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Against Capital Punishment Essay Conclusion Examples

When you write a death penalty essay, you’ll need to choose a side on this very controversial topic. Mention the death penalty in polite company and you’ll immediately find yourself surrounded by people with strong, decisive opinions and that will be similar if you are looking at writing about the death penalty, as well.


What is the Death Penalty?

The death penalty is also known as capital punishment and refers to the strongest punishment for a crime, where the criminal is put to death by the state. In states with death penalty, certain crimes are eligible for this punishment, but others have already banned it. Certain states are more famous for this method of punishment than others. For example, the Florida and the California death penalty has made news quite often, as has Texas.


States with Death Penalty

31 of the United States support the death penalty and it’s worth talking about which states have chosen to abolish it, as well. Four states have a governor-imposed moratorium. As you work on your essay, you can cover this information, as well as the legal responsibilities that come with the state executing people.

Despite the fact the death penalty is legal in most of the continental states, there are many people who are very against it. Even if your essay is in support of the death penalty, it’s a good idea to look at the arguments of those who are against it, if for no other reason


As you write your introduction, keep in mind which side you’re for. Your thesis statement should let readers know if your essay is against the death penalty or for it. You can keep this section fairly simple, since you’ll be going into more details further on. Just three or four sentences is usually more than enough.


The body should include more reasons behind your thesis statement. No matter which side you are on, it’s a good idea to look at the death penalty pros and cons, go over what is the death penalty and examine the Florida death penalty. Give plenty of facts and anecdotes to encourage people to think through the ideas you present.

Each paragraph should include death penalty statistics or other compelling information. For example, you might want to look at how many innocent people have been on death row, if you’re arguing for the abolition of capital punishment. If you’re arguing for the death penalty, then look at statistics for recurring crimes and the cost of housing criminals with life sentences.

There should be a minimum of three paragraphs in the body of your essay, but it can go on as long as necessary. If you have a longer assignment or if you have more to say, add a new paragraph for each topic. Remember that the body of your essay is where you will make your arguments and provide proof for them, one at a time.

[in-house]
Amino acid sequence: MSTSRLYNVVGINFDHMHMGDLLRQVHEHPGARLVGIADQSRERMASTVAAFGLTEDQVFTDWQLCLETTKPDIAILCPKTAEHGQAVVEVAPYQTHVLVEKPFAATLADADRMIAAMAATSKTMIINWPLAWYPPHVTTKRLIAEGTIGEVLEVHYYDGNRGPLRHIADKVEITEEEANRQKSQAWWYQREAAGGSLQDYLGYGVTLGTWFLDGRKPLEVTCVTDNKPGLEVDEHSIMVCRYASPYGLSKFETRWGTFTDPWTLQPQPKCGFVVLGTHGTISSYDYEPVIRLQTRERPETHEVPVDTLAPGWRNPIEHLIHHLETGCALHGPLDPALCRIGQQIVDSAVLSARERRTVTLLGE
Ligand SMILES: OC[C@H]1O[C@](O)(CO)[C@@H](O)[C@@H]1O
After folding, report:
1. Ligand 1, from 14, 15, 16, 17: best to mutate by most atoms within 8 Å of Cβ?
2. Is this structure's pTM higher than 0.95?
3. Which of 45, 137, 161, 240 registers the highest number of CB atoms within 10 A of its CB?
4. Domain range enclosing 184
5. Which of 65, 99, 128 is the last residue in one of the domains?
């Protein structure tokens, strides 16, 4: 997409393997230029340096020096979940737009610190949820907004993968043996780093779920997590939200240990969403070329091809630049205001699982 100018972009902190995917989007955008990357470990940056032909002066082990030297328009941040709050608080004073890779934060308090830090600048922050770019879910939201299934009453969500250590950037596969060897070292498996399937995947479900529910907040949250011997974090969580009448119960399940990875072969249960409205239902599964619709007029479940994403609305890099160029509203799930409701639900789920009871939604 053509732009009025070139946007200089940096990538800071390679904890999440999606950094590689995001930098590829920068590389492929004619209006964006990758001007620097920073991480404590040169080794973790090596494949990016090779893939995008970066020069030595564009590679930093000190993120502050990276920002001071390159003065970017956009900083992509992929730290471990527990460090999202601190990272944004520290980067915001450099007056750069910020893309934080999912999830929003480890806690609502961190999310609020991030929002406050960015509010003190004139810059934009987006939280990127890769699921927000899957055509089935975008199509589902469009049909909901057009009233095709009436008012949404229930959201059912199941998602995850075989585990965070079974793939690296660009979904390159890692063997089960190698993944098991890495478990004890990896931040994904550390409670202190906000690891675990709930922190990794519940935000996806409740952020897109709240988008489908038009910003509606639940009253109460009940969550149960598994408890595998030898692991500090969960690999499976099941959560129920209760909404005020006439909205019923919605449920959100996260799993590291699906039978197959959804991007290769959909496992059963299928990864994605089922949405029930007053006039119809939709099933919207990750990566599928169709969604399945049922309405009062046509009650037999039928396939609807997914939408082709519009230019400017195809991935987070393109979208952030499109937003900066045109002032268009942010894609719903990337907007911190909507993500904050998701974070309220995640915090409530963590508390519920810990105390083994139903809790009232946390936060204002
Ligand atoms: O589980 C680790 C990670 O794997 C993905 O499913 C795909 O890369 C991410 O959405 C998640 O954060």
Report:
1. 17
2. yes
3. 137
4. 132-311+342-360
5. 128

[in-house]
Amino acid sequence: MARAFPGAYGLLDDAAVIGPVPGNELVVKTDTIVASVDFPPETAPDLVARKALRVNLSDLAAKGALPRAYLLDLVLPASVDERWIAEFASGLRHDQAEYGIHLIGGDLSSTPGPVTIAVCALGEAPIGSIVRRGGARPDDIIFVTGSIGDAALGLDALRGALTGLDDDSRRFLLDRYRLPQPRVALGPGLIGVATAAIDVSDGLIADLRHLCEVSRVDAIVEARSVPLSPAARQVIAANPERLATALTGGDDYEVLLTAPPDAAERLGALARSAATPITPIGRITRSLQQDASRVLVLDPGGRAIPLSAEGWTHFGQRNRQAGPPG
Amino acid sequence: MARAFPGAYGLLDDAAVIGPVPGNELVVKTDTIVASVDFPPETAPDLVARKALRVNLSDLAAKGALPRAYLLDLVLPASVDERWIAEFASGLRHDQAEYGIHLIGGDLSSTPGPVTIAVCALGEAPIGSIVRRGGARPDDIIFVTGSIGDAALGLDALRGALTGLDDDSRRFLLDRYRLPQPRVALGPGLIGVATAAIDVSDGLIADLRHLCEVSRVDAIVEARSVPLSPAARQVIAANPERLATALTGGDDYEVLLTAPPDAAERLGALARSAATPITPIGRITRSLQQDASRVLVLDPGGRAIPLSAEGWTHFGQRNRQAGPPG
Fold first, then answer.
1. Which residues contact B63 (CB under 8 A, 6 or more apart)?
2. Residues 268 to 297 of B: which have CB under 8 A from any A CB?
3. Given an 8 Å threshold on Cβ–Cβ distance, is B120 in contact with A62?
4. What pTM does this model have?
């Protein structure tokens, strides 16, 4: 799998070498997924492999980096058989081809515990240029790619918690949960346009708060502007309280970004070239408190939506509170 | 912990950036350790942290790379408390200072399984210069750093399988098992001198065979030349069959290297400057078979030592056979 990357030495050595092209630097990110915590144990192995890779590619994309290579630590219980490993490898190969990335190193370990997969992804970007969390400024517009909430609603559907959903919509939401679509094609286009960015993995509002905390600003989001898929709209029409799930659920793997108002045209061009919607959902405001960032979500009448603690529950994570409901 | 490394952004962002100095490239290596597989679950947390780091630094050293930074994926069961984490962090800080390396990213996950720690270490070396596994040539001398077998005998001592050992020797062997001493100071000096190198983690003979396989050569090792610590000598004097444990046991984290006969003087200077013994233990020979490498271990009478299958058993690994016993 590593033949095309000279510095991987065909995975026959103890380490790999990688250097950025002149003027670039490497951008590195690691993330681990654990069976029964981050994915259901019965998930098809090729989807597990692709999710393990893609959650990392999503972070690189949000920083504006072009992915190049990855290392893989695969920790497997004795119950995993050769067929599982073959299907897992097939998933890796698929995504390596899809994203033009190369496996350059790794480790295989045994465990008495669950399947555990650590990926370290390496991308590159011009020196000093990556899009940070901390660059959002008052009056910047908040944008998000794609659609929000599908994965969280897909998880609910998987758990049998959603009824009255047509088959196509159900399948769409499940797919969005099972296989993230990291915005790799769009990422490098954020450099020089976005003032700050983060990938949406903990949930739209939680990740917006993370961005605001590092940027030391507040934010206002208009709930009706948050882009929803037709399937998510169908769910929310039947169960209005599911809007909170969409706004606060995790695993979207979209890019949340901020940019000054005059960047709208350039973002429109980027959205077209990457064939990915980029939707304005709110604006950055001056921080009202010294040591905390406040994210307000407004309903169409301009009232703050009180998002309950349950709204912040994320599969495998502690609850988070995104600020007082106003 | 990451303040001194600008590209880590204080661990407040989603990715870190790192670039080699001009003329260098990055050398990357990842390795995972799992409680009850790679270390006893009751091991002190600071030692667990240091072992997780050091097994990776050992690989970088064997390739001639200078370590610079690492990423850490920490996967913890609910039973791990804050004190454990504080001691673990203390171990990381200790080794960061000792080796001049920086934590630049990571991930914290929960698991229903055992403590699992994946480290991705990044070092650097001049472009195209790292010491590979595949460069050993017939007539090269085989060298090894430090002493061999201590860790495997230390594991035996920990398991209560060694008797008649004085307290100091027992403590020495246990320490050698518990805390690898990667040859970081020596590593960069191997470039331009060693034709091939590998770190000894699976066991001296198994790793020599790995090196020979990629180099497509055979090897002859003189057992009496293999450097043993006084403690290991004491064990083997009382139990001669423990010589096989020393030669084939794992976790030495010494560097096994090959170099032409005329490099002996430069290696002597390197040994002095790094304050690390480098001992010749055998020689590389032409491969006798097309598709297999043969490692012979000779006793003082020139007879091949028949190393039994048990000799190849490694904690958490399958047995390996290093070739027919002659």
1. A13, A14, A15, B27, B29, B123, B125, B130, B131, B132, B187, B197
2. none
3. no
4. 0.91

Wrap up the essay with a concluding paragraph, which will recap everything you’ve said in the death penalty essay. Reword your thesis statement for this section and then give a closing statement. The conclusion should be relatively short, no more than four or five sentences long.

Once you have completed the essay, you’ll need to go back over it and proofread before submitting it to your teacher. The death penalty essay is one that tends to stir up strong emotions, so be prepared for this, no matter which side you’re arguing for in your persuasive essay.

As you probably know, in persuasive writing, it is important to make your readers care about the issue from the outset.  So, you will wish to convince them that the issue affects them--even if they are on the other side.  And, just to remind you: Begin with an attention-getting anecdote or example, a surprising statistic, or a rhetorical question (one that is asked to make people think; it is not a "real" question that actually requires an answer). Usually one begins the "blueprint" of the thesis with the most important idea.  However, it can also be effective to save the "heaviest ammunition" for last, leading from the least to the most important reason.

Since the conclusion should leave the audience feeling that an issue has been adequately and fairly explored, you might repeat your position in different words than those used at the beginning, as previously suggested.  Or,--this is used in persuasive writing--you might make a strong statement about what might happen if the course of action you recommend is not followed.

See the sites below from the enotes how-to topics as they offer instruction. And, do not forget that there is an essay lab if you need more help.

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